Nine Boko Haram fighters are suspected of entering Kijimatari, a village in northeast Borno state, at around 2 am (0100 GMT), breaking into the homes of six men including the village chief before slitting their throats.
“The attackers evaded a nearby military checkpoint by entering the village through bush paths,” said Ibrahim Liman, the head of a local anti-jihadist militia force.
“The chief of the village was among the victims and it was clear the victims were deliberately targeted.”
Local resident Kulo Musa said that while the attackers had carried guns, they “chose to use knives” to avoid alerting soldiers manning a nearby checkpoint.
Musa said the killings were a reprisal for the arrest of two Boko Haram members who moved into the village claiming to have been displaced from their homes by the jihadists two months earlier.
“We believe the attackers suspected the six people they killed of tipping off the military which led to the arrest of the two Boko Haram fighters,” he said.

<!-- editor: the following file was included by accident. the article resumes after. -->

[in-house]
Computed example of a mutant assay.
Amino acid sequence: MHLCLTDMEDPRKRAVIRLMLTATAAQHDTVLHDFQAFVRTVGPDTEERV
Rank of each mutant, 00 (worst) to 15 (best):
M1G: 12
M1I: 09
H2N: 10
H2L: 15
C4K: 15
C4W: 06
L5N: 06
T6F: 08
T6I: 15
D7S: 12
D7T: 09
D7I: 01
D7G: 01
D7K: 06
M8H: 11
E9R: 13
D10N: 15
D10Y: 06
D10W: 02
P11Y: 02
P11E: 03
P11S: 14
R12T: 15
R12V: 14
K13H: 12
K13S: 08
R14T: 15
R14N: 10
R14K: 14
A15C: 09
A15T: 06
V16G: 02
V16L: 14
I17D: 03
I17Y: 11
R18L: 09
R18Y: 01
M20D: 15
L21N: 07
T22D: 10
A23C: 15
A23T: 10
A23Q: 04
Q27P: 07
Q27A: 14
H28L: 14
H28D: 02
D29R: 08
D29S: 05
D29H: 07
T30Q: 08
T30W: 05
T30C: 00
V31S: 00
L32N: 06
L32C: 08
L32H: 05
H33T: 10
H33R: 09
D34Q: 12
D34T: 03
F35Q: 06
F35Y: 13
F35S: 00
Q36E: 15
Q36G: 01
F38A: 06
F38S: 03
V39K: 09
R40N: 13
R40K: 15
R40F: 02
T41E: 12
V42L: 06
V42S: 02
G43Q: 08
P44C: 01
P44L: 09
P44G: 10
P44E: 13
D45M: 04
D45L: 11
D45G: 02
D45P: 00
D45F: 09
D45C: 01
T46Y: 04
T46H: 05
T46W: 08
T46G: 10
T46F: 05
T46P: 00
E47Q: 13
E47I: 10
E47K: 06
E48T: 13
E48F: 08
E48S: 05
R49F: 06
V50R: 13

Nigerian troops re-took the nearby garrison town of Monguno and surrounding villages in February 2015, after losing it to Boko Haram for three weeks during which time the group ransacked the town’s military base and burnt homes.
Despite the liberation of Monguno and the reopening of the 135 kilometre highway (85 miles) that links it to the regional capital Maiduguri, sporadic attacks by Boko Haram continue.
Boko Haram’s bloody eight-year armed insurgency aimed at establishing a hardline Islamic state has killed at least 20,000 people and displaced more than 2.6 million.
The violence has also spilt into Nigeria’s neighbours — Niger, Chad and Cameroon.